I love lists. Give me a Top Ten or a Twenty Best Whatevers of All Time and I’m away. Usually, I absolutely love putting together my Top Ten for The Shaman; Choosing the albums and EPs, shuffling the order around, trying to edit my ramblings to the required wordage, hours of fun for all the family. For this quinquagenarian, 2023 has felt like a bit of a katabasis and, frankly, I don’t want to spend too much time looking back, it’s all a bit much, y’know.
However… I don’t want to bring the vibes down, usually at this time of year I’m like a four year old on E numbers, excited at the thought of festivities to come, spending time with people I love, drinking waaay too much, getting some new books and tunes. And it’s the tunes we’re all here for, the brilliant, brilliant stuff that so many artists have bestowed on us this year.
Looking at my list, there’s only two artists who appeared last year. In fact, this is the third year in a row for both of them. As always, my list comprises a range of genres, and with the exception of the Number One spot, could’ve been in any order. The Honourable Mentions group might not have made the top ten purely because their work wasn’t an album or an EP, not because the quality is off the mark.
Finally, a big shout out to cassette labels and the artists who use them. This is a vibrant ‘scene’ that provides a smörgåsbord of styles in a format that is second only to vinyl in the Treasured Artefacts stakes. Long may they deliver beautifully packaged sounds to our doors and our ears. Right, let’s dig in…
10. Bastard Noise ‘Incineration Prayer/Self Righteous Suicide’
This is painful stuff, and I think it’s meant to be in order to communicate a depth of despair that just isn’t possible with melody and lyrics, or any typically structured ‘music’. When I was a child and we’d go to the beach, my dad would insist on towelling the sand from between my brother and I’s toes. It was horrible, scouring the skin between our young tootsies. The result, of course, and what our dad was aiming for, was discomfort-free walking for the rest of the day, with shoes and socks on. And that’s what Bastard Noise Incineration Prayer/Self Righteous Suicide is for. To scour the brain. A form of cleansing caustic soda for the mind with which to clear the clinging detritus deposited by everyday life. Something, if I may be so bold, we all need from time to time.
Label: Armageddon Label
9. Maiden Hair ‘The Adder Witch’
What strange alchemical conjuration is this? I have, I think, all of Maiden Hair’s releases and I still don’t know into which category they fall. Is this ambient? Dungeon synth? What about the ‘found sound’ element? Is it, perhaps, a kind of modern folk music, telling the listener a tale, or even taking them into a confidence in which sacred truths are mixed with ancient mischiefs? Or maybe, just maybe, I’m overthinking it and I should stop being so pretentious and just enjoy it. I took a recent trip on a dark wintery day to rural, out of the way Derbyshire and this was the perfect accompaniment.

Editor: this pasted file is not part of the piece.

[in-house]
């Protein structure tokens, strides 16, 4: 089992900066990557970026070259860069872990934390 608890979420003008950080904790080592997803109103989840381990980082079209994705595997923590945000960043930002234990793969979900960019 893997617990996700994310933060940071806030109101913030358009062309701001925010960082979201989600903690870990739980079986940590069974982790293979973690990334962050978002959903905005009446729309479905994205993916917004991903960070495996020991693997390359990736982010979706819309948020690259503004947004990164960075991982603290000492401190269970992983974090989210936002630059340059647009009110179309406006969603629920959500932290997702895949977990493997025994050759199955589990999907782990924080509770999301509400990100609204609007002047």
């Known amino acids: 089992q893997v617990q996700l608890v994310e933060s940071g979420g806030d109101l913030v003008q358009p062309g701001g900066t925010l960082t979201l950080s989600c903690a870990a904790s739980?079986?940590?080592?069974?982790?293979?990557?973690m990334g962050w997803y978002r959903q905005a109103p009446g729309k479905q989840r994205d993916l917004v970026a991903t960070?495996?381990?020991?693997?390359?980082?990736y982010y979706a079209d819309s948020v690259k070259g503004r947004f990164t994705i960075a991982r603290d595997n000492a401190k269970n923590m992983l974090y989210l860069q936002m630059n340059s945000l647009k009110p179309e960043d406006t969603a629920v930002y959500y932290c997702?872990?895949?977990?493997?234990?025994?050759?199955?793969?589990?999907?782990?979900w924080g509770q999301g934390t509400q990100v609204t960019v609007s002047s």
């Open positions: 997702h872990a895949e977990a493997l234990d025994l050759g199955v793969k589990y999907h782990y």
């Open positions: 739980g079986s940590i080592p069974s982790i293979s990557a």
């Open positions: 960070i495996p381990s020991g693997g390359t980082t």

Label: WereGnome Records
8. The Telescopes ‘Experimental Health’
According to the Cold Spring Records blurb, this latest sonic missive from The Telescopes ‘combines hallucinatory ballads with transcendent melodies, clanging, and lo-fi buzzes, with a substantial amount of crushing and sound degradation’, and from the off this proves to be true. The whole album is a glorious trudge through an aural codeine soup that sounds like the hypnopompic dream of a man deep in a narcotic slumber, as he tries to rear up into consciousness. This is psychedelic lofi drone krautrock at its finest. Grab yourself a spoon and dig in.
Label: Cold Spring Records
7. Iceman Junglist Kru ‘You’re Like A Scalpel, I’m Like A Flick Knife’
Press play, enjoy seven plus minutes of tense build up, and wait for the drop. If Iceman Junglist Kru don’t move you, I’m afraid I can’t help you. The Degradation Surgical Dub version takes deconstruction to a new level, then adds chaos, noise, and madness for good measure. Industrial grade brain floss.
Label: Brachliegen Tapes
6. Swordwielder ‘Wielding Metal Massacre’
Swordwielder deliver crust punk from Gothenburg, Sweden, very much in the vein of Instinct of Survival, or possibly even shades of the mighty Amebix? Yes please! This is how I like my punk; mid-paced, metallic, moody, with quasi-esoteric lyricalism, and how can you not love titles like Weapons Of The Dark Ages, Beneath A Blood Red Sky, and Envy The Dead? There’s even some piano and synth in there for extra atmos. As a kid I was a punk, it’s stuff like this that keeps me coming back to the genre thirty-odd years later.